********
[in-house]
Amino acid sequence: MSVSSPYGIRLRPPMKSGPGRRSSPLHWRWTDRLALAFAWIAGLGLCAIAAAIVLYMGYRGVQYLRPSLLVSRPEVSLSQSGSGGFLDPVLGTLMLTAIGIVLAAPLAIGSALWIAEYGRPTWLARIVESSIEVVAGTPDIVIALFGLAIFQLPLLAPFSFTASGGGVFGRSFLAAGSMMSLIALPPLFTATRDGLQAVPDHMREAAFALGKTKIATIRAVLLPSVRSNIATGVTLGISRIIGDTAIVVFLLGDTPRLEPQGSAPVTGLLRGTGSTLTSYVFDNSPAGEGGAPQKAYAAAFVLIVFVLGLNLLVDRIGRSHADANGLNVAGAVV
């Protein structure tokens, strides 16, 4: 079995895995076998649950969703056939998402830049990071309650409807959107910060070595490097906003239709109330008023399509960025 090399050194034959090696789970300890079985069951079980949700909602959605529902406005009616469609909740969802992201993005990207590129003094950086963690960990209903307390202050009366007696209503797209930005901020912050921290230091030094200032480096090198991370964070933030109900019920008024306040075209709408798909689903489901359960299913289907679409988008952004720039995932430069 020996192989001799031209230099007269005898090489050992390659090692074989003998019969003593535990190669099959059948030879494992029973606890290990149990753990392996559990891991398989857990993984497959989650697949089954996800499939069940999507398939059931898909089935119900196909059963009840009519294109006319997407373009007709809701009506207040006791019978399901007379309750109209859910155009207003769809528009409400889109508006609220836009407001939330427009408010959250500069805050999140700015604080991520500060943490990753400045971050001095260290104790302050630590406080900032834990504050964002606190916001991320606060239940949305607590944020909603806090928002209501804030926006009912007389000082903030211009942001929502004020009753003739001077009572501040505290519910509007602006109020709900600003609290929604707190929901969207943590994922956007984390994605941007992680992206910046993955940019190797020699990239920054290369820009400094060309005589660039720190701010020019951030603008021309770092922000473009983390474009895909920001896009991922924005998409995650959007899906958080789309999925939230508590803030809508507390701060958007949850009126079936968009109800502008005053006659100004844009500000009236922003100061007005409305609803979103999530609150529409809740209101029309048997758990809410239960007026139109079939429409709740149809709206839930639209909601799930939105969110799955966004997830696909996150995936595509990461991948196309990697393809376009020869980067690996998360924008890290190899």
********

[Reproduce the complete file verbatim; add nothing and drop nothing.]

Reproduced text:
[in-house]
Amino acid sequence: MSVSSPYGIRLRPPMKSGPGRRSSPLHWRWTDRLALAFAWIAGLGLCAIAAAIVLYMGYRGVQYLRPSLLVSRPEVSLSQSGSGGFLDPVLGTLMLTAIGIVLAAPLAIGSALWIAEYGRPTWLARIVESSIEVVAGTPDIVIALFGLAIFQLPLLAPFSFTASGGGVFGRSFLAAGSMMSLIALPPLFTATRDGLQAVPDHMREAAFALGKTKIATIRAVLLPSVRSNIATGVTLGISRIIGDTAIVVFLLGDTPRLEPQGSAPVTGLLRGTGSTLTSYVFDNSPAGEGGAPQKAYAAAFVLIVFVLGLNLLVDRIGRSHADANGLNVAGAVV
């Protein structure tokens, strides 16, 4: 079995895995076998649950969703056939998402830049990071309650409807959107910060070595490097906003239709109330008023399509960025 090399050194034959090696789970300890079985069951079980949700909602959605529902406005009616469609909740969802992201993005990207590129003094950086963690960990209903307390202050009366007696209503797209930005901020912050921290230091030094200032480096090198991370964070933030109900019920008024306040075209709408798909689903489901359960299913289907679409988008952004720039995932430069 020996192989001799031209230099007269005898090489050992390659090692074989003998019969003593535990190669099959059948030879494992029973606890290990149990753990392996559990891991398989857990993984497959989650697949089954996800499939069940999507398939059931898909089935119900196909059963009840009519294109006319997407373009007709809701009506207040006791019978399901007379309750109209859910155009207003769809528009409400889109508006609220836009407001939330427009408010959250500069805050999140700015604080991520500060943490990753400045971050001095260290104790302050630590406080900032834990504050964002606190916001991320606060239940949305607590944020909603806090928002209501804030926006009912007389000082903030211009942001929502004020009753003739001077009572501040505290519910509007602006109020709900600003609290929604707190929901969207943590994922956007984390994605941007992680992206910046993955940019190797020699990239920054290369820009400094060309005589660039720190701010020019951030603008021309770092922000473009983390474009895909920001896009991922924005998409995650959007899906958080789309999925939230508590803030809508507390701060958007949850009126079936968009109800502008005053006659100004844009500000009236922003100061007005409305609803979103999530609150529409809740209101029309048997758990809410239960007026139109079939429409709740149809709206839930639209909601799930939105969110799955966004997830696909996150995936595509990461991948196309990697393809376009020869980067690996998360924008890290190899």